Here are some quick facts about Oregon and answers to the most frequently asked questions I am asked about the state.
Oregon became a state on February 14, 1859. It was the 33rd state in the United States.
Portland, the City of Roses, is the largest city in Oregon.
Salem is the capital of Oregon.
Mt.Hood is the tallest mountain in Oregon at 11,239 feet.
Oregon has rattlesnakes in some regions. Read about rattlesnakes and where they are located in Oregon.
There are no grizzly bears left in Oregon but there are approximately 30,000 black bears. Read about Oregon's black bear.
Lots of jokes have been made about Oregon's rain like "Oregonians don't age. They rust." Oregon is a large and diverse state. The truth is the areas east of the Cascade Moutain Range have approximately 300 days of sunshine a year. The northwest portion of the state receives more rainfall than the dryer southwest portion. So, yes it rains a lot during the winter months in Portland and Salem but as one visitor from back east put it, "I stepped off the bus in Portland on the most gorgeous spring day without a cloud in the sky and I was hooked."
All volcanoes in Oregon are considered to be inactive. Of these, Mt. Hood is the volcano considered the most likely to become active.
Yes it is. Hells Canyon is 2,250 feet deeper than the Grand Canyon. Hells Canyon is the deepest gorge in North America.
There are some Oregon beaches where you can drive at certain times of the year. This can change from year to year. Contact the Oregon Department of Transportation for a copy of a map showing these locations. Phone: (503) 986-4000. Make sure a beach is posted for driving before driving on it.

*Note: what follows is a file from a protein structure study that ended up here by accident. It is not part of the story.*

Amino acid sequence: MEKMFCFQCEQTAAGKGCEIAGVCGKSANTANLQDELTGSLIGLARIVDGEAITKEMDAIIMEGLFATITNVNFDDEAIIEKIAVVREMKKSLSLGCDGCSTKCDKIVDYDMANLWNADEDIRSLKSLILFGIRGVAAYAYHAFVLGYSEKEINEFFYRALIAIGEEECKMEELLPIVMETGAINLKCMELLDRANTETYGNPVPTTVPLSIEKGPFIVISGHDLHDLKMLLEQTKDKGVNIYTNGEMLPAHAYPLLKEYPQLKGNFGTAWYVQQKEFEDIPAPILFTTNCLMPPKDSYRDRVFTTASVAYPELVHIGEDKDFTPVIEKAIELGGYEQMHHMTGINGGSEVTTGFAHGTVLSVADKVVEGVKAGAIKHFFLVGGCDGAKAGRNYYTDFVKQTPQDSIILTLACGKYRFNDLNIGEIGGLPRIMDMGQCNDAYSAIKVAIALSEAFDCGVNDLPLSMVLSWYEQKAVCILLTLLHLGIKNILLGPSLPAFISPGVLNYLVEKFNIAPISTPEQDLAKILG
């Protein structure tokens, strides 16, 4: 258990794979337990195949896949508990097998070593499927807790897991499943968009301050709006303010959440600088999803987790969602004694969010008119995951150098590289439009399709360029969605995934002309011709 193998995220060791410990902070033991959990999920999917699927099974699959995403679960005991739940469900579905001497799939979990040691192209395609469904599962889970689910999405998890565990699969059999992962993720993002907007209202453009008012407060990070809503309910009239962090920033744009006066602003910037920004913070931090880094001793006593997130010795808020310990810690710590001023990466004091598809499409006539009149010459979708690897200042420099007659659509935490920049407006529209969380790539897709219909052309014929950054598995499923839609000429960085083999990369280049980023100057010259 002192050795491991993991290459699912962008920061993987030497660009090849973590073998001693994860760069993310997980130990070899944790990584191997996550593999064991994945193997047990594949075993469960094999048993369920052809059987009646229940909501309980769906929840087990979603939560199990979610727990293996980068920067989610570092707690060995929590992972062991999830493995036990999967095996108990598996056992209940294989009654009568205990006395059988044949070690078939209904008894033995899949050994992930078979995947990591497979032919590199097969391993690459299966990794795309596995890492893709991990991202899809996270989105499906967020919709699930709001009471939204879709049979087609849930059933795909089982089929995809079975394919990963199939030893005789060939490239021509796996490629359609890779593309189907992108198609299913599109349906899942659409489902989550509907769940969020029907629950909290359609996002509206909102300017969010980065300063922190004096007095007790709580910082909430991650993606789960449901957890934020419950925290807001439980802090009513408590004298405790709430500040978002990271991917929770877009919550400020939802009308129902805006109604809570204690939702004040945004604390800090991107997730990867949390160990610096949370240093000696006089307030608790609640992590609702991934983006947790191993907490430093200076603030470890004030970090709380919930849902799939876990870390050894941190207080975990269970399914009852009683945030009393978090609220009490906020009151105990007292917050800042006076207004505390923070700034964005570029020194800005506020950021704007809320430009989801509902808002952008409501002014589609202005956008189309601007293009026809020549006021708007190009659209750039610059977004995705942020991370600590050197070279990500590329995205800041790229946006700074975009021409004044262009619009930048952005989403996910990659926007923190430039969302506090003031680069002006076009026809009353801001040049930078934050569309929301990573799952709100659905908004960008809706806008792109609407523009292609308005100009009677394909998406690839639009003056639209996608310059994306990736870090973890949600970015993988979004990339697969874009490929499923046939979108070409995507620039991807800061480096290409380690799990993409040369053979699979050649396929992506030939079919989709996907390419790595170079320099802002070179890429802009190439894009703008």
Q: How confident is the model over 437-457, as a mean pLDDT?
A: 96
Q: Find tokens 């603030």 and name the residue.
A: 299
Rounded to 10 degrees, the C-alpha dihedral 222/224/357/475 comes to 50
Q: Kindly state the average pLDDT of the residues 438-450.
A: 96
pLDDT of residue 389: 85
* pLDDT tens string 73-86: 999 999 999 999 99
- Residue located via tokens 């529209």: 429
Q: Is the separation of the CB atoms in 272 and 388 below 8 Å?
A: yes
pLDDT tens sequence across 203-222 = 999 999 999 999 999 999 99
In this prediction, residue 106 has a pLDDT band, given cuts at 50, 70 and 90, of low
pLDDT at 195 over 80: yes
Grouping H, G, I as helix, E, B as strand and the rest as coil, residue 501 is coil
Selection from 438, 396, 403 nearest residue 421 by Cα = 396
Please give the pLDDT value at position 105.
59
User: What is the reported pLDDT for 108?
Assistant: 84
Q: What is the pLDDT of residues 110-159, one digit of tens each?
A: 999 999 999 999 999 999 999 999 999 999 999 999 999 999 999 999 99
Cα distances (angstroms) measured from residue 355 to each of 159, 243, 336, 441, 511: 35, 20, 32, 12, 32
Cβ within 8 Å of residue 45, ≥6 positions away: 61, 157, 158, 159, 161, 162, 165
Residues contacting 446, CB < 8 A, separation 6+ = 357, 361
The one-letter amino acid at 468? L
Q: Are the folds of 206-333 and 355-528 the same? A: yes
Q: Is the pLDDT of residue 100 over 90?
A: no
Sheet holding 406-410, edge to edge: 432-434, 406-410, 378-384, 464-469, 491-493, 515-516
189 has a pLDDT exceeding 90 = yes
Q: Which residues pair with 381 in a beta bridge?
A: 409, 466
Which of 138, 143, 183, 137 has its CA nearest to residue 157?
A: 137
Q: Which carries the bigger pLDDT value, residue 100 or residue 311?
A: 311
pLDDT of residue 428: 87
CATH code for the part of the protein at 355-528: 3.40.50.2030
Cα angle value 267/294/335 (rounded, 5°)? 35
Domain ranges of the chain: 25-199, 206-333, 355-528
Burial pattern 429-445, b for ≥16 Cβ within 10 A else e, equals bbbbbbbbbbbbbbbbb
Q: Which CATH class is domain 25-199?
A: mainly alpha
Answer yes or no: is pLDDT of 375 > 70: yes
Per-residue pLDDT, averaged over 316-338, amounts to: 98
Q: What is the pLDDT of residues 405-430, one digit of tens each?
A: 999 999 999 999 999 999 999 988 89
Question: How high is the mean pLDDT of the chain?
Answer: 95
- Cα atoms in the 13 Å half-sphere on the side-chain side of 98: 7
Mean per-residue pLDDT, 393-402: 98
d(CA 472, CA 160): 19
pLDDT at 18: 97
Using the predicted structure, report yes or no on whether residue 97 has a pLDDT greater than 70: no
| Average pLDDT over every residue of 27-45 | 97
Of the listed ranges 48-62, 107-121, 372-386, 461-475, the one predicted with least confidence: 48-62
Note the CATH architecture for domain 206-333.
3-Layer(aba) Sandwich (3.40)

Yes you can. You must use small pieces of wood - no logs. You must put the fire out with water before you leave. Just covering a fire with sand to smother it will not do. A fire can smoulder for hours and someone stepping on it in bare feet can get burned.
Generally the answer is no. People do however pitch tents and stay the night. You may be asked to remove the tent and leave in the middle of the night though. There is absolutely no camping on a beach adjacent to state parks.
Yes you do. Licenses are available at local fish and tackle shops and marinas. When you get your license you will also receive the current regulations concerning limits and open areas. See Clamming on the Oregon Coast.
Yes they are but they must be kept under control by the owner whether on leash or off. If the beach is within the boundaries of a state park, dogs must be kept on a leash which is no longer than six feet. Owners must clean up after their dog. Extra caution must be taken by dog owners in wildlife habitat areas. Always check to see if a beach area is posted for no dogs allowed. Even the sight of a dog can cause some nesting birds to abandon their nest permanently.